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25,000 Marchers Mourn Rafter, Urge Cuba Blockade : Miami: Hearse carries body of Rafael Gamez, 34, to the Little Havana cemetery. Steps asked to allow paramilitary groups to mount an invasion.

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More than 25,000 people, many urging the Clinton Administration with signs and chants to mount a total blockade of Cuba, marched Saturday in a funeral procession honoring a Cuban rafter who died at sea.

A hearse carrying the body of Rafael Gamez, 34, led the two-mile procession down the main street of Little Havana to the cemetery, where several Cuban American elected officials spoke to the crowd.

Rep. Lincoln Diaz-Balart (R-Fla.) called for lifting of the Neutrality Act so Cuban American paramilitary groups could mount an invasion of the island. “Cubans don’t want a single GI to die in Cuba,” he said. “We want to be able to fight for our own freedom.”

The marchers, mostly Cuban Americans, urged President Clinton to rebuff increasing calls--from some Democrats, from newspaper editorial boards and from Cuba’s Roman Catholic bishops--to begin talks with the government of Cuban President Fidel Castro to resolve the immigration crisis.

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“Clinton should talk with boaters and their families,” read a banner towed by a small plane circling over the rally.

Amid the sea of flags and colorful signs carried by marchers was at least one full-sized effigy of Castro, dressed in fatigues and hanging from a gallows on wheels. “Fidel--assassin,” read an accompanying sign in Spanish. “Your time has come.”

Demonstrators also carried mock coffins representing 40 people believed to have drowned in Havana harbor July 13 when a Cuban tugboat seized by people trying to flee the island was rammed and sunk by pursuing government vessels.

Despite intermittent rain showers that drenched those without umbrellas, Miami police spokesman Angel Calzadilla said the three-hour rally was “very peaceful, very organized, went just as planned. There were no arrests.”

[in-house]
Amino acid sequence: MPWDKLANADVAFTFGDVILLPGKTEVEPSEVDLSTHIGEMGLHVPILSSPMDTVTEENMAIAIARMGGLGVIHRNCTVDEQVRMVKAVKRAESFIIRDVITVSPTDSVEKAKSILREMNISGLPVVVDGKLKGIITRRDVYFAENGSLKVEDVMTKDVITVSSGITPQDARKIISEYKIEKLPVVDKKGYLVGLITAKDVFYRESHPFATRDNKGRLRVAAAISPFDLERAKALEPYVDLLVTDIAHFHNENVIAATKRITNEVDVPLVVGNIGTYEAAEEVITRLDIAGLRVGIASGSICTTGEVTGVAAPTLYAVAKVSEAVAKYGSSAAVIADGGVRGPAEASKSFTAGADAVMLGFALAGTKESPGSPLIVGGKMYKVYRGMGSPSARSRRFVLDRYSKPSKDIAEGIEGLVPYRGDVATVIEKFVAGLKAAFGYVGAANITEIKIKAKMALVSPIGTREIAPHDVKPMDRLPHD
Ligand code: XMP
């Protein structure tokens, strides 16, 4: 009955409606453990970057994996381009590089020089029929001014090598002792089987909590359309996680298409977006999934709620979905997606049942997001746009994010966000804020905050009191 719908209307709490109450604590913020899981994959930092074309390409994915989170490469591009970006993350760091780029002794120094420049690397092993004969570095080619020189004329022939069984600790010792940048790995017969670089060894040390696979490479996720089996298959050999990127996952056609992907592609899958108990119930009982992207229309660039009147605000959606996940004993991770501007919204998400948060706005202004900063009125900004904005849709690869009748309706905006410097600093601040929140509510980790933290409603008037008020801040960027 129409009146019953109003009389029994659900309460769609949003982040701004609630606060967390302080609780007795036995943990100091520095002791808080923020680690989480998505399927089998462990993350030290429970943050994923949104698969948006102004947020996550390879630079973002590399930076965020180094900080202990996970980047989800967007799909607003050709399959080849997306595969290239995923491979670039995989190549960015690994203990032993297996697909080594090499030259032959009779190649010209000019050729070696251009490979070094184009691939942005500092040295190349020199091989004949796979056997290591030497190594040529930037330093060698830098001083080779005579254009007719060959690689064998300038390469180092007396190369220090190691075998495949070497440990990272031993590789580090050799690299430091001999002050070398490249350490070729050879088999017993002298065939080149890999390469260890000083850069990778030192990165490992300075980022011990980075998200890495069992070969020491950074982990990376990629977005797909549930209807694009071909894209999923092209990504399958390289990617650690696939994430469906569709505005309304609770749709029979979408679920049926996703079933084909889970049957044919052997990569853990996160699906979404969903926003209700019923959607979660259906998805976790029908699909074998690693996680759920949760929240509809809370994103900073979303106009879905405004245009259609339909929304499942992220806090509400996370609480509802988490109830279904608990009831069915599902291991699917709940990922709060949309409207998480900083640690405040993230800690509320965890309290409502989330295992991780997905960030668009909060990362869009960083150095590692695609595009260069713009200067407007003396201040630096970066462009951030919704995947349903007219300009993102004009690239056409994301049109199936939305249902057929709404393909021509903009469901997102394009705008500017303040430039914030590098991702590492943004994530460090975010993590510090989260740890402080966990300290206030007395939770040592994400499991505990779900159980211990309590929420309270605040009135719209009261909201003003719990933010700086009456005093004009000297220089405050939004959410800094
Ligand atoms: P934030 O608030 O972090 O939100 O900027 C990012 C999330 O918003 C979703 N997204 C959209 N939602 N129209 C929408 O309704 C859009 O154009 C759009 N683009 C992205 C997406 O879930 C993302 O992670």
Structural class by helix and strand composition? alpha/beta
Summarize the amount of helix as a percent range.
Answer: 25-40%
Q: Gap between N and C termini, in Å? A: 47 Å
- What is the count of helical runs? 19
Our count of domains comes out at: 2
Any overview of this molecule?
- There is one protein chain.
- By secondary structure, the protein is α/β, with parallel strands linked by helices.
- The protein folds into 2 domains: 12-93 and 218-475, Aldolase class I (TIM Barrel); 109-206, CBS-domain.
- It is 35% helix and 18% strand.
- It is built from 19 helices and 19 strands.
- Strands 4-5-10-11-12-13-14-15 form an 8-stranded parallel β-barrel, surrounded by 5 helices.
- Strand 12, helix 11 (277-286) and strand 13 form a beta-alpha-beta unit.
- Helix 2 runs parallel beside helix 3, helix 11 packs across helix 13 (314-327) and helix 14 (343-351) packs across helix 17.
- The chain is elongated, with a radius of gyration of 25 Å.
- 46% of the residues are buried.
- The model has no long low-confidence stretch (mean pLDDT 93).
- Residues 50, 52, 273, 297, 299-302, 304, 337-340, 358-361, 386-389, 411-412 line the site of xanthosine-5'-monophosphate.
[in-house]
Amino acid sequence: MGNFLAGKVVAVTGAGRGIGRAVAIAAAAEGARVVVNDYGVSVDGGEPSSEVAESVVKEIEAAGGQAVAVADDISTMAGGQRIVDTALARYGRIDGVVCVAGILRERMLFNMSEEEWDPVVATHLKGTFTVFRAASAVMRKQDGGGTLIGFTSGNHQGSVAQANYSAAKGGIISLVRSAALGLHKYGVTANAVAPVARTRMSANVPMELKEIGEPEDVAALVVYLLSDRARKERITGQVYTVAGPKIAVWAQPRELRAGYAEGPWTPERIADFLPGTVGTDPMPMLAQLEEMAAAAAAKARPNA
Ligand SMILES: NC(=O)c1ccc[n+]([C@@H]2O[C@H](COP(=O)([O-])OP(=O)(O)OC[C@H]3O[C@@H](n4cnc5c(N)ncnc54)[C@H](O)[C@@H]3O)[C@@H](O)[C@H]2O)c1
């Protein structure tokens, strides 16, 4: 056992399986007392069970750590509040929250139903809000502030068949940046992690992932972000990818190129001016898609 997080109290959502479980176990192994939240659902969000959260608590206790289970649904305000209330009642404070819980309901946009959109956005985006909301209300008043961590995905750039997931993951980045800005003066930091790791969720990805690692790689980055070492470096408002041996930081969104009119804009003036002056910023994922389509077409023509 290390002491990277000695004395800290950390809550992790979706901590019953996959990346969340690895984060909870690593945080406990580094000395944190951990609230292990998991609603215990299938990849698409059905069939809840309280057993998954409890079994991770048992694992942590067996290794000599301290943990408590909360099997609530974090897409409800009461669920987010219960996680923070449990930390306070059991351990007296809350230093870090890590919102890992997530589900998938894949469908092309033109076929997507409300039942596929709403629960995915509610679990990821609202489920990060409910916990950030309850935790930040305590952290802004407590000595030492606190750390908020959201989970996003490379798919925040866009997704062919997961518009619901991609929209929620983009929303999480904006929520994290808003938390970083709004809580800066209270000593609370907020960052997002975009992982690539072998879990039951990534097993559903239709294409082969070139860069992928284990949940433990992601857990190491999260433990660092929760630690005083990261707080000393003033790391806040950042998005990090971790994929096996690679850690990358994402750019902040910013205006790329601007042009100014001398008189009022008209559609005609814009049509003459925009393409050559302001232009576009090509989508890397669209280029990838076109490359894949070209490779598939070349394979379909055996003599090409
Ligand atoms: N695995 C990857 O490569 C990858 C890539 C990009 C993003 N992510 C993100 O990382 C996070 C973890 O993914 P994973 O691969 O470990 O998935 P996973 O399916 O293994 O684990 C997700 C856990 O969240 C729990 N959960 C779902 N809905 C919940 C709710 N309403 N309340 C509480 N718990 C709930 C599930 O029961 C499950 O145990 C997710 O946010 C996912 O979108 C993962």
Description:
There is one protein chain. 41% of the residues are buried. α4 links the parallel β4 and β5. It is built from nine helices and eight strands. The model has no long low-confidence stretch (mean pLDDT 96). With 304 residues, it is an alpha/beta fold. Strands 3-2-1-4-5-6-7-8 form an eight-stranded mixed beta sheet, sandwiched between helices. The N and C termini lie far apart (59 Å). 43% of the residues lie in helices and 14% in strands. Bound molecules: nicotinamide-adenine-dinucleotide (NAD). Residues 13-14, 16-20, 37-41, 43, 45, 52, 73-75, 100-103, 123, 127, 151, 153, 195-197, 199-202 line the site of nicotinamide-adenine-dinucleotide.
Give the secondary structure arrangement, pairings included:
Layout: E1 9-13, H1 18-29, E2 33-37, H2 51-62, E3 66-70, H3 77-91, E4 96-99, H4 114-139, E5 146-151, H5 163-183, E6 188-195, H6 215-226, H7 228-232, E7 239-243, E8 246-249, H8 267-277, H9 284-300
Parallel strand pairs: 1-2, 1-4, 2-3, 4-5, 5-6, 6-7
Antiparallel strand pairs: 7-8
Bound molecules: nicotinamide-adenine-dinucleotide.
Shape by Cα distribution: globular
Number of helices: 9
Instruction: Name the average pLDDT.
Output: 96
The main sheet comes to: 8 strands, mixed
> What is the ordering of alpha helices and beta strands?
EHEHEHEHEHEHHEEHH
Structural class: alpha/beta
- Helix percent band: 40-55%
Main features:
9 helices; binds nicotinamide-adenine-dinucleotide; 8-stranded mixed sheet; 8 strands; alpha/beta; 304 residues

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In the Florida Straits, meanwhile, rescues of Cuban rafters continued to decline. On Saturday, 130 Cuban rafters were picked up, compared with more than 300 picked up Friday, according to the Coast Guard.

More than 3,000 Cubans were plucked from the sea on both Tuesday and Wednesday.

The drop in the number of Cubans attempting to make the dangerous crossing aboard small boats and flimsy rafts may be due to the weather, which has been occasionally stormy, or to the growing realization in Cuba that those intercepted at sea will be interned indefinitely at the U.S. Naval Base at Guantanamo Bay, on Cuba’s eastern tip.

More than 13,500 Cubans are now being held in the Guantanamo tent city, and more than 1,000 are aboard Coast Guard ships in the Straits as they await transfer to the base, Chief Petty Officer Steve Sapp said.

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The weather in the Straits was improving Saturday. As a wave of low pressure moved westward into the Gulf of Mexico, National Hurricane Center forecaster Jim Lushine said waves in the waters between the United States and Cuba would diminish to two to four feet, which is normal.

However, another tropical wave, along with the potential for more thunderstorms and turbulence, was expected to arrive in the area late Wednesday, he said.


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